Apparently, a lot of Younique “leaders” and reps jumped ship and went to Limelight and other MLMs. Ironically (or maybe not), Limelight is now experiencing the same problems that caused them to leave Younique (bad products, high prices, back-orders, etc.)

    1. Char

      “Apparently, a lot of Younique “leaders” and reps jumped ship and went to Limelight and other MLMs. Ironically (or maybe not), Limelight is now experiencing the same problems that caused them to leave Younique (bad products, high prices, back-orders, etc.)”

      Duh, right?

      Sometimes I used the analogy of drunk driving to explain the act of MLMing. Imagine getting caught drunk driving drinking Patron Tequila, and then thinking next time I’ll try drinking Stoli Vodka instead. Sound ridiculous? Some MLMers are that stupid and don’t get it. These are the ones being conned by the “successful MLMers” aka CON ARTISTS.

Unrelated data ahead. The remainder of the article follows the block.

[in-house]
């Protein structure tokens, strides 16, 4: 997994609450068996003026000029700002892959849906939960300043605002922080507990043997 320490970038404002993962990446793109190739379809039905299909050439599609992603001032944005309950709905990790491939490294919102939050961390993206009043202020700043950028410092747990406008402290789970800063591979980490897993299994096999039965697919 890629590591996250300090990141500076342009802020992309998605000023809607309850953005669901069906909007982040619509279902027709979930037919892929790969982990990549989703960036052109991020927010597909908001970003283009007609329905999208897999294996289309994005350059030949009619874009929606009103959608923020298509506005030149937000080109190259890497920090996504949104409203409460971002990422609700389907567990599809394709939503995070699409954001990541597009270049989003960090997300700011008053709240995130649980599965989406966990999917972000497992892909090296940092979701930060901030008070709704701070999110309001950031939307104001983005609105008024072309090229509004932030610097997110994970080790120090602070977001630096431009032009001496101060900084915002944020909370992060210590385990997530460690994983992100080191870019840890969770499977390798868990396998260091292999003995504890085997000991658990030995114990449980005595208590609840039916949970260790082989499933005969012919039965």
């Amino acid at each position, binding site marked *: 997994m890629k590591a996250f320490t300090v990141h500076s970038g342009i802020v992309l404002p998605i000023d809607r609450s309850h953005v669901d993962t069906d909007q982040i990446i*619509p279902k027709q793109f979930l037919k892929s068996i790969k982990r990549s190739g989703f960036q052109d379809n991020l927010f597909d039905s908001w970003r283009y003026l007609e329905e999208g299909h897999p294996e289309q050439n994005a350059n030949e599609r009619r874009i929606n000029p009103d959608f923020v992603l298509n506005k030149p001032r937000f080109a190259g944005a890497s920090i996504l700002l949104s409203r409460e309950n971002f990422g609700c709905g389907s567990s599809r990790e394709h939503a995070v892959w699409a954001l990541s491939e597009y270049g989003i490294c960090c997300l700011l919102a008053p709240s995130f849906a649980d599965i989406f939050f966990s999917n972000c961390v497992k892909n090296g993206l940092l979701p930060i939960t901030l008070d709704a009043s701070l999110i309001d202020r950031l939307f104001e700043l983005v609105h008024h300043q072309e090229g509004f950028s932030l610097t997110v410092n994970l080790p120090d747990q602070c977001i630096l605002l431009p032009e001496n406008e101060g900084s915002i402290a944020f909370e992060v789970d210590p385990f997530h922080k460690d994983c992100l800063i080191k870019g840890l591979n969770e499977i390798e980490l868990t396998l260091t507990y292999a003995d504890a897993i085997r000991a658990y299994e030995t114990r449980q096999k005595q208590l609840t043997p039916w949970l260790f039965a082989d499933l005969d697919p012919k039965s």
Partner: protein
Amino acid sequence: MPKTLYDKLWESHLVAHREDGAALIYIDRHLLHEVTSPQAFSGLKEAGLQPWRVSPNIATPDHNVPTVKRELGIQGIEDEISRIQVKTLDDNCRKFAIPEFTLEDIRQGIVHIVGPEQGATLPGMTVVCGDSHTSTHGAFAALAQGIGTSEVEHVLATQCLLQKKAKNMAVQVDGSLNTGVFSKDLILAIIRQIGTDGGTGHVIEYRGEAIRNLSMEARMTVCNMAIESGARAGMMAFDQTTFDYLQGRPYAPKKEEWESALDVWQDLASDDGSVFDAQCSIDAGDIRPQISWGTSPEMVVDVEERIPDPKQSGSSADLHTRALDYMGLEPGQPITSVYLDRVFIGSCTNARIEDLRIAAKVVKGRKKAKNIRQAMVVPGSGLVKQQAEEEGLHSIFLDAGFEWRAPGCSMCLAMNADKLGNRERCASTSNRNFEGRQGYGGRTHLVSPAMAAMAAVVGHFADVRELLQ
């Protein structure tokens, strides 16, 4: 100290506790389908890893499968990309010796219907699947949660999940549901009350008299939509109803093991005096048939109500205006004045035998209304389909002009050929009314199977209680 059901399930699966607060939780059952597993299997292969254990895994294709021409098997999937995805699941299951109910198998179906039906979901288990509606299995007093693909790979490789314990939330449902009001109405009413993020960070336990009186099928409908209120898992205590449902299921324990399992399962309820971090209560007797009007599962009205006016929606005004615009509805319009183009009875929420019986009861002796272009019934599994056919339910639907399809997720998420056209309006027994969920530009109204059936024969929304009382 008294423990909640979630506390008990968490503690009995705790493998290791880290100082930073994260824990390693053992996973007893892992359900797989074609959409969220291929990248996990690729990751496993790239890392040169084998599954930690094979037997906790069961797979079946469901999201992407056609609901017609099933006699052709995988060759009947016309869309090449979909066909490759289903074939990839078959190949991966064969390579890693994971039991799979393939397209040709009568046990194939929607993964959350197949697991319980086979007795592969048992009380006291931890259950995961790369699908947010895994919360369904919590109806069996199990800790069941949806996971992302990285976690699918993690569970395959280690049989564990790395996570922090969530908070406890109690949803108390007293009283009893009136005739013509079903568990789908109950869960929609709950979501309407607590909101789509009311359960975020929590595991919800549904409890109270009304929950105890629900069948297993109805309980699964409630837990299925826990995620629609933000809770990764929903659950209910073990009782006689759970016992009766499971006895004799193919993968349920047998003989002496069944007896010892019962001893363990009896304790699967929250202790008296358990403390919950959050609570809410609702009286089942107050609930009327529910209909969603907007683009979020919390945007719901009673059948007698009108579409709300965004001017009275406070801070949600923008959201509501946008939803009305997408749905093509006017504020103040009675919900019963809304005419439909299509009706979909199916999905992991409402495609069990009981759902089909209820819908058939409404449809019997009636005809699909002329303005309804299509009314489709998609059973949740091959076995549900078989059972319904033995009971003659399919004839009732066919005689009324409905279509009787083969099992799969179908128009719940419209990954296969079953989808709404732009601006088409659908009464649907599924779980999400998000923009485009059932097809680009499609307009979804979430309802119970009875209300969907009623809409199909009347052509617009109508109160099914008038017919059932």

MLMing is a negative act like drunk driving. It doesn’t matter which brand you chose.

      Mark Kay just has the distinction of targeting women much like Virginia Slims cigarettes did to get women “smoking” their cancer sticks.

      Consultants/MLMers should remember that MLM actually stands for multi-level market “ing”. It’s not a product or brand.

  4. BestDecision

    Her 8th paragraph is just about the best statement and example ever posted on here. My Sr netting $41K/year since she’s been in could be called a “MK Millionaire”, and I could be called a “Million Dollar Director” because my unit retail was well over a million from the time I debuted until I resigned.

    But, does that make her a millionaire?

    Did that get me a Million dollar bar pin?

    No and no. Absurd!